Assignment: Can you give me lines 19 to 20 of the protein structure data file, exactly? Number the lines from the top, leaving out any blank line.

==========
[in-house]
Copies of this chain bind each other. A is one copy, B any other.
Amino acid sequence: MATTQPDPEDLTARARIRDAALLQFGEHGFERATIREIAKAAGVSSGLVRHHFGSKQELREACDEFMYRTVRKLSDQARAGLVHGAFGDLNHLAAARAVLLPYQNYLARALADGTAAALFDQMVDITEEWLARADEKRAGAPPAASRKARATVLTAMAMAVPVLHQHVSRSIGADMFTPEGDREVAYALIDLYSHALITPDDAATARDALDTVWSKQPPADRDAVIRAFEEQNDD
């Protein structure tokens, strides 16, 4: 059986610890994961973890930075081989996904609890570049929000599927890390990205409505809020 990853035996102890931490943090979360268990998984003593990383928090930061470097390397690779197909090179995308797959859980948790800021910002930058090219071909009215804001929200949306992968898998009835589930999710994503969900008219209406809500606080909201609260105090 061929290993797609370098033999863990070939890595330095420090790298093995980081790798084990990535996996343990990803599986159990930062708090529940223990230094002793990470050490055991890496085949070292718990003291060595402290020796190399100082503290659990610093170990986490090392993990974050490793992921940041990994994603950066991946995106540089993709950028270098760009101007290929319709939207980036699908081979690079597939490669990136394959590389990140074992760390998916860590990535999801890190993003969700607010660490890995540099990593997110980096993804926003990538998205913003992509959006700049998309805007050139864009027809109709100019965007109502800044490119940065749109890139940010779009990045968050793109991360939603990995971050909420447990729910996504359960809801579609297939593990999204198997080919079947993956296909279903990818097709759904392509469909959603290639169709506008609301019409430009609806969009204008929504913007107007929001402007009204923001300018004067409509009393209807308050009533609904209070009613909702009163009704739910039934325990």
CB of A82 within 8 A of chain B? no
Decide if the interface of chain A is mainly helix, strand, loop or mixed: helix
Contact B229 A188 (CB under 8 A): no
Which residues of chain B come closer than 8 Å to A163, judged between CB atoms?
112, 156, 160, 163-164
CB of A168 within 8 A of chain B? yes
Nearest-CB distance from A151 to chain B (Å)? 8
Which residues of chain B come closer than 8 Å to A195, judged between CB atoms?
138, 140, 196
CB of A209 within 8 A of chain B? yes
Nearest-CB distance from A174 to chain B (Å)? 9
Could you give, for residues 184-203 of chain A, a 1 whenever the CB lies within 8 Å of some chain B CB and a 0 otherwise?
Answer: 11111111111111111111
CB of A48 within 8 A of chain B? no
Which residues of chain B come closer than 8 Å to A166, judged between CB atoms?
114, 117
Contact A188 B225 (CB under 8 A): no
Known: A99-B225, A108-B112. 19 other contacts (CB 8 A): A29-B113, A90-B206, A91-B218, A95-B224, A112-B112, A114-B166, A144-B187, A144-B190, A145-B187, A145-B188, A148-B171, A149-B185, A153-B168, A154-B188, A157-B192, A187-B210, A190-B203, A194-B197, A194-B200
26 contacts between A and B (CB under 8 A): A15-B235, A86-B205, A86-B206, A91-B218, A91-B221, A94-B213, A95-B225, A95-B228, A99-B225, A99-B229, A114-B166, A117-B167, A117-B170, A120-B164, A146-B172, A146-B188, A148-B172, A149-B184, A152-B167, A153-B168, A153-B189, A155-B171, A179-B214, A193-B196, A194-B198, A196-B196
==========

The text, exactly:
Which residues of chain B come closer than 8 Å to A166, judged between CB atoms?
114, 117